Retractions

Synthese 195 (8):3335-3359 (2018)
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Abstract

Intuitions about retractions have been used to motivate truth relativism about certain types of claims. Among these figure epistemic modals, knowledge attributions, or personal taste claims. On MacFarlane’s prominent relativist proposal, sentences like “the ice cream might be in the freezer” or “Pocoyo is funny” are only assigned a truth-value relative to contexts of utterance and contexts of assessment. Retractions play a crucial role in the argument for assessment-relativism. A retraction of a past assertion is supposed to be mandatory whenever the asserted sentence is not true at the context of use and the context of assessment. If retractions were not obligatory in these conditions, there would be no normative difference between assessment-relativism and contextualism. The main goal of this paper is to undermine the claim that retractions reveal this normative difference. To this effect, the paper offers a review of three important objections to the obligatoriness of retractions. Taken together, these objections make a strong case against the alleged support that retractions give to assessment-relativism. The objections are moreover supported by recent experimental results that are also discussed. This will satisfy a further goal, which is to undermine the idea that there is a constitutive retraction rule. The paper also discusses two ways to understand what such a rule would be constitutive of, and concludes with a discussion of how to describe what retractions are.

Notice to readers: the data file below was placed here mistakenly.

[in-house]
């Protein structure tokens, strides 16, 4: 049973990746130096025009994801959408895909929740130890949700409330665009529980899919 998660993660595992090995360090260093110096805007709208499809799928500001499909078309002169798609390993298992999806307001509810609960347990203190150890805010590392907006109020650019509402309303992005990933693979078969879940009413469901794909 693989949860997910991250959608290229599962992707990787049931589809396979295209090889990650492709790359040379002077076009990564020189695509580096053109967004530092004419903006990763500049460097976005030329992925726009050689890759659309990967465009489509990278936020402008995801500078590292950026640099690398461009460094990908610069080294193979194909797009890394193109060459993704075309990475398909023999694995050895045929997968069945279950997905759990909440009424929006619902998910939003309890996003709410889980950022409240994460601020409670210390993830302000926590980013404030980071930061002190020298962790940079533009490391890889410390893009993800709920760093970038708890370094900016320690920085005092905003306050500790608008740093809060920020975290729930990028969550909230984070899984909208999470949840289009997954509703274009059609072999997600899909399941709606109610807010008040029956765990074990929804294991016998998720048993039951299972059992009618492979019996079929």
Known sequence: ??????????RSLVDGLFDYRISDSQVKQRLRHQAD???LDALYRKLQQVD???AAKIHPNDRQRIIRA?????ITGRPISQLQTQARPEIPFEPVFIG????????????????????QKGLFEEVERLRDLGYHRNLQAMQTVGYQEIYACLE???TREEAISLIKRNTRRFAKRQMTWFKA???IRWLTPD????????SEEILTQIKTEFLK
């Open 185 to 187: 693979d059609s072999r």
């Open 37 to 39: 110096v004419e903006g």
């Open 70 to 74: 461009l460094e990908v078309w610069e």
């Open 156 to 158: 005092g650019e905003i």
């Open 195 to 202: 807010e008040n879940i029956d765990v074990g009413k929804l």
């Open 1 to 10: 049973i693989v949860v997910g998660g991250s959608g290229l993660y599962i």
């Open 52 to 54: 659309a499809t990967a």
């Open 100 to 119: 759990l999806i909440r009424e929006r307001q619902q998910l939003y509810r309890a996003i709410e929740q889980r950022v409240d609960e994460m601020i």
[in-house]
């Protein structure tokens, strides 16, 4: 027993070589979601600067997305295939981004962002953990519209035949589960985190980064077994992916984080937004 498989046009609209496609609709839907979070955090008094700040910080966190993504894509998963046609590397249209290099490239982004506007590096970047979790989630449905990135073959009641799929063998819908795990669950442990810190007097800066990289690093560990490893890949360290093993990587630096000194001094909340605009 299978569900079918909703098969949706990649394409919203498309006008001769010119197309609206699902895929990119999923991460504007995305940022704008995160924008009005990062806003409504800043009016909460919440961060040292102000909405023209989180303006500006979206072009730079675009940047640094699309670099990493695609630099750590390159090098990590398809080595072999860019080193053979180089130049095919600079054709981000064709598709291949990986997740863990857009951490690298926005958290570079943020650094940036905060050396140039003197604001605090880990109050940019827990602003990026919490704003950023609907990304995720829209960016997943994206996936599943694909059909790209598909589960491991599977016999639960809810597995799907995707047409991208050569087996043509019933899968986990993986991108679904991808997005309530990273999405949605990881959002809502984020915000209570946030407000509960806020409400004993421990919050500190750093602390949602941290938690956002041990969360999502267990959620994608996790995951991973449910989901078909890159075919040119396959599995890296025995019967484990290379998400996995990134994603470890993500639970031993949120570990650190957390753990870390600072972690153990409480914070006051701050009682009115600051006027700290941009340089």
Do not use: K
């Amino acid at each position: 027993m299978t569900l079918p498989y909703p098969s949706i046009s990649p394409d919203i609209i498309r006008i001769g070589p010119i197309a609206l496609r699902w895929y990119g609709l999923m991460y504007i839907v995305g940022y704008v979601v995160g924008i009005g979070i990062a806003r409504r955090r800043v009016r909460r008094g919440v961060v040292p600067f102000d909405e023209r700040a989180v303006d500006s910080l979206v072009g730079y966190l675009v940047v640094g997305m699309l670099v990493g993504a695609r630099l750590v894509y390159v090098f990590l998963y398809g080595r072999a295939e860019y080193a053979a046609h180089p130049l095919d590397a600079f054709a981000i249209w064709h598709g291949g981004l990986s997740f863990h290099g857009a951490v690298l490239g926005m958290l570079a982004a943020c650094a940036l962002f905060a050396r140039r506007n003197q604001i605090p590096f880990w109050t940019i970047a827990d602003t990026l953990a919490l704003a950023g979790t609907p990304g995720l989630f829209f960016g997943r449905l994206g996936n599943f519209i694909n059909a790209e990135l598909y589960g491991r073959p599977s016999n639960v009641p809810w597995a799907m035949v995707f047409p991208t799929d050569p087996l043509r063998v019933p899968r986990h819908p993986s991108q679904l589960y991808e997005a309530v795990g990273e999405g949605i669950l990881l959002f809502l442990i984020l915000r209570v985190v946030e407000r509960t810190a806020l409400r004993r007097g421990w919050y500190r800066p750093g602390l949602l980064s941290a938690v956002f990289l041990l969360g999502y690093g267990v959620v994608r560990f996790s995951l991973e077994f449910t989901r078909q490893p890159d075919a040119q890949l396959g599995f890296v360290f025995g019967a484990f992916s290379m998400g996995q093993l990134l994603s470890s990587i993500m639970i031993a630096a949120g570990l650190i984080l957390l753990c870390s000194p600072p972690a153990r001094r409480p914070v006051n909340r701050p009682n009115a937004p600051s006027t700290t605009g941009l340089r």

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Teresa Marques
Universitat de Barcelona

Citations of this work

Undoing things with words.Laura Caponetto - 2018 - Synthese 197 (6):2399-2414.
Much at stake in knowledge.Alexander Dinges & Julia Zakkou - 2020 - Mind and Language 36 (5):729-749.
Contextualism vs. Relativism: More empirical data.Markus Https://Orcidorg Kneer - 2022 - In Jeremy Wyatt, Julia Zakkou & Dan Zeman (eds.), Perspectives on Taste. Routledge.

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Knowledge and practical interests.Jason Stanley - 2005 - New York: Oxford University Press.
Knowledge and its Limits.Timothy Williamson - 2000 - Tijdschrift Voor Filosofie 64 (1):200-201.

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